Swiss double size of coronavirus company loan scheme to $41 billion

ZURICH (Reuters) – The Swiss government said on Friday it was doubling the size of its coronavirus emergency loan scheme to 40 billion Swiss francs ($41 billion) after being flooded with requests for help from businesses.

The government said it would expanded state guarantees after banks extended more than 76,000 loans worth 14.3 billion francs in the first few days of the programme.

The total aid package, which has now reached 62 billion francs, represents a major departure for the normally hands-off Swiss government. Equivalent to nearly 9% of economic output, it is the biggest of its kind in Swiss history.

Small businesses have been particularly hard hit by the virus outbreak and need urgent help, said Finance Minister Ueli Maurer.

“Since last Thursday, every four seconds a loan guarantee has been agreed somewhere in Switzerland,” Maurer told a news conference in Bern.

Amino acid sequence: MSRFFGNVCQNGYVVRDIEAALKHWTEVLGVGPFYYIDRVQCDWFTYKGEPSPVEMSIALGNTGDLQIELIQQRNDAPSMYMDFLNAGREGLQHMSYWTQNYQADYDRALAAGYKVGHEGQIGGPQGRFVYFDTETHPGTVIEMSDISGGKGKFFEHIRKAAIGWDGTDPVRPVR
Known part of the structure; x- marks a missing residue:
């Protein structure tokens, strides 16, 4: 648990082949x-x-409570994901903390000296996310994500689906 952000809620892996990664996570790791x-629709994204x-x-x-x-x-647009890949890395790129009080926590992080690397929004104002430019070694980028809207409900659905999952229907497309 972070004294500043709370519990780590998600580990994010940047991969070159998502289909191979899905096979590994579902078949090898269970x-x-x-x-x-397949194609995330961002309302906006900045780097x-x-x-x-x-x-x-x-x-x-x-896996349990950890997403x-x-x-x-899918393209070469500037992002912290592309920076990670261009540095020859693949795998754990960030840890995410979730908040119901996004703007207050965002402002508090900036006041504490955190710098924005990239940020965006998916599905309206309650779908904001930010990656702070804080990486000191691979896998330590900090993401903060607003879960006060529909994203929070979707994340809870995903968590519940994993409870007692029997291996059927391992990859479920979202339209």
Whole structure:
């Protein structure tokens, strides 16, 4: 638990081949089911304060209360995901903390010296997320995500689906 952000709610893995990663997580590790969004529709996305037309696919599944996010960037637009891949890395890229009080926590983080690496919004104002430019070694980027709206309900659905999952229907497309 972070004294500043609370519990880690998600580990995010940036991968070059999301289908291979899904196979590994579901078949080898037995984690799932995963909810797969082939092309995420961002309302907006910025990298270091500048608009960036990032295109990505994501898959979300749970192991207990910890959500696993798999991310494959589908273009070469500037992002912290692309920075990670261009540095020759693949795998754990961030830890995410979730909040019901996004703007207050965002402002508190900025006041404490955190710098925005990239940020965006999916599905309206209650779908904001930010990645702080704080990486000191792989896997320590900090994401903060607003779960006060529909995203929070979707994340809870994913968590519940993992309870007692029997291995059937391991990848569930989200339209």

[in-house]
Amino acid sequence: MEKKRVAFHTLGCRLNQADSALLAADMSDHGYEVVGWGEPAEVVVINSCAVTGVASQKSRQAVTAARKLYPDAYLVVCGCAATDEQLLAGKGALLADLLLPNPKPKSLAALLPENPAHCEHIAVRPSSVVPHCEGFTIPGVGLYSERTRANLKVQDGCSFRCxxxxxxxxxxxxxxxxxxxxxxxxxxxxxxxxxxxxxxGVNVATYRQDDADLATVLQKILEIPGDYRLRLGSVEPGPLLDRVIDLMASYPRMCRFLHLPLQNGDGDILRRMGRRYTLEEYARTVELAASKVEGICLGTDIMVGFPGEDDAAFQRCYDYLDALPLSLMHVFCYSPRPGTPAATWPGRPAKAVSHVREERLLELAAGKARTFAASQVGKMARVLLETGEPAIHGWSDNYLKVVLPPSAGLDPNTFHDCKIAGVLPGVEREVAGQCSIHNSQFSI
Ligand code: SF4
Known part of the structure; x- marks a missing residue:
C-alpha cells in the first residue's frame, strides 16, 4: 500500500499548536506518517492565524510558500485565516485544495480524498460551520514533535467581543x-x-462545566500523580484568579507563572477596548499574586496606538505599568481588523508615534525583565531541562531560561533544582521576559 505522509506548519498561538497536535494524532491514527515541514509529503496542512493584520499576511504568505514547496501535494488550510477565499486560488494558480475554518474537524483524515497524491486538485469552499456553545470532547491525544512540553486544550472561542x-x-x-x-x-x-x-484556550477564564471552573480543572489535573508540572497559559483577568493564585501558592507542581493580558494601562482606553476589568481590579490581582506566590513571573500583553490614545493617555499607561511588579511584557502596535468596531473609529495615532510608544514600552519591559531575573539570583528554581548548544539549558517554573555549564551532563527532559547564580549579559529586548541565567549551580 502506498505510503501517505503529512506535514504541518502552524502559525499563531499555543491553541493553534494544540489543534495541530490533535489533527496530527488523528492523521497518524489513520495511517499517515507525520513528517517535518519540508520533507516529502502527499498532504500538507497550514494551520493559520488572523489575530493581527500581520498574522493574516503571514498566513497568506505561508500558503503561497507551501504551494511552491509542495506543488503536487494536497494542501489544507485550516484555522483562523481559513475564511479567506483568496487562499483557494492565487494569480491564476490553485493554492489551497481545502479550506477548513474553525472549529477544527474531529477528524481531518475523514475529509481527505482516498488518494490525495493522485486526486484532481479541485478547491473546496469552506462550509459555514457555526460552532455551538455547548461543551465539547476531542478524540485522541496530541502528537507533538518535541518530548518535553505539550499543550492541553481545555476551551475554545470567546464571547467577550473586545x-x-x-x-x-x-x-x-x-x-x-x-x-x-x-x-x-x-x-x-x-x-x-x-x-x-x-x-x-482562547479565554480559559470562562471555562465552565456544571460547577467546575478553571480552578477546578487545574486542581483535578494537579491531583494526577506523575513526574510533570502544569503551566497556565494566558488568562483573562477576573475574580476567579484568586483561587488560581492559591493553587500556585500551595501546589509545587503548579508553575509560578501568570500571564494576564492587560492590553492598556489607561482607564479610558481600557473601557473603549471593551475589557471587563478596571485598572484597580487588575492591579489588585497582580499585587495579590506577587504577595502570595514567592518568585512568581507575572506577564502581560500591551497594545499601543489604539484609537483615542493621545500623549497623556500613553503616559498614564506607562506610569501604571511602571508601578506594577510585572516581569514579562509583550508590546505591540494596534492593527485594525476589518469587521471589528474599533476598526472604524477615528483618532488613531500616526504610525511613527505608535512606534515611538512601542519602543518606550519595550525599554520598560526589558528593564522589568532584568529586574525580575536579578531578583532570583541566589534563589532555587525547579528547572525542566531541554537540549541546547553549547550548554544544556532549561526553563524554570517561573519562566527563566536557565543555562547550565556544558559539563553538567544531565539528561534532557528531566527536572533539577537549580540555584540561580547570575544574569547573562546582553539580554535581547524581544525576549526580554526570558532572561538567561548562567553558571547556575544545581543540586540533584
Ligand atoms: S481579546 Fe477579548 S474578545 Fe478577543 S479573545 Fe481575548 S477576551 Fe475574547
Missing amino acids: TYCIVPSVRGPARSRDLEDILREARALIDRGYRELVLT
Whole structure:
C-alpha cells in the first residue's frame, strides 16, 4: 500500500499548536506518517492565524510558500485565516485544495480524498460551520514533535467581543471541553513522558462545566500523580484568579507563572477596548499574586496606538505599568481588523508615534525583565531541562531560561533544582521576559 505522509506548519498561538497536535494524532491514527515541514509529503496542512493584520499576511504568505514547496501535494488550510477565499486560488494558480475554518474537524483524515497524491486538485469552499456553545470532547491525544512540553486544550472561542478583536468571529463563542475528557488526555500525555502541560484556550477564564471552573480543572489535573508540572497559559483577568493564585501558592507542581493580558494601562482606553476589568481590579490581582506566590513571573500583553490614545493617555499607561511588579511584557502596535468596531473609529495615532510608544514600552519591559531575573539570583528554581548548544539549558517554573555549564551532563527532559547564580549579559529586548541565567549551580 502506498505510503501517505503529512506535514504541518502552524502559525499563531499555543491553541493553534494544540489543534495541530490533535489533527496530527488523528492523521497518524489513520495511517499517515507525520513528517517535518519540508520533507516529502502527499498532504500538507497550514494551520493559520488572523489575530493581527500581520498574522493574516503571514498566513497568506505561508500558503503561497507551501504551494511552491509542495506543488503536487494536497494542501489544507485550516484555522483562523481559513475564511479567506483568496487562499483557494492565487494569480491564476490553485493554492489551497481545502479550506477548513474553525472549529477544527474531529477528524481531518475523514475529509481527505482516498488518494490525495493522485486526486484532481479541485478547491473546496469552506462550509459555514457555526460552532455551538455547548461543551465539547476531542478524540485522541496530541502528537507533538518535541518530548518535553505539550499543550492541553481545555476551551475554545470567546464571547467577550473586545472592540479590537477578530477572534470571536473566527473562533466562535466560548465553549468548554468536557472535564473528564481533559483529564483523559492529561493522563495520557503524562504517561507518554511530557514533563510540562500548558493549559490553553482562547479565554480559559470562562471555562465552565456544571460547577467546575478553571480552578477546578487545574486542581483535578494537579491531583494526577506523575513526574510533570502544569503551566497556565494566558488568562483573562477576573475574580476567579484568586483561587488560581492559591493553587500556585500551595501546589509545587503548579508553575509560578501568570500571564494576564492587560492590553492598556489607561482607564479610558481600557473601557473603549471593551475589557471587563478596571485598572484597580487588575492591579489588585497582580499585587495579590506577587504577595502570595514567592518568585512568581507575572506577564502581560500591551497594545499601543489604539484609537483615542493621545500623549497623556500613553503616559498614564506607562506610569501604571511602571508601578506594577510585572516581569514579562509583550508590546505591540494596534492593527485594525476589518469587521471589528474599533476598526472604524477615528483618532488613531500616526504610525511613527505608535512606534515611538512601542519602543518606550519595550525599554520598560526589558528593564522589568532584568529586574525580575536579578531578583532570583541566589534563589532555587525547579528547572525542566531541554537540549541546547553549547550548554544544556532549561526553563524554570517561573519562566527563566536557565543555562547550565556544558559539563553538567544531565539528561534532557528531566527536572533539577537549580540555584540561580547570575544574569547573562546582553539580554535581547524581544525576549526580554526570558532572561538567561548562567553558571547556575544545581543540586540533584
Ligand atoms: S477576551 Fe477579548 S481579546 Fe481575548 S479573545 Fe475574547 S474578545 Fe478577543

The government could suffer losses on the loans if the crisis continued for more than three months, Maurer said. If 10% of the loans defaulted that would mean writing off 800 million francs a year for five years, he added.

Health Minister Alain Berset said Switzerand was in a delicate but stable condition as the death toll from the new coronavirus rose to 484 and positive tests topped 19,000.

“Hospitalisations continue to go up but not all beds are taken,” Berset told reporters.

“We have not yet reached the peak for infections or for hospitalisations. Now more than ever we have to continue this marathon.”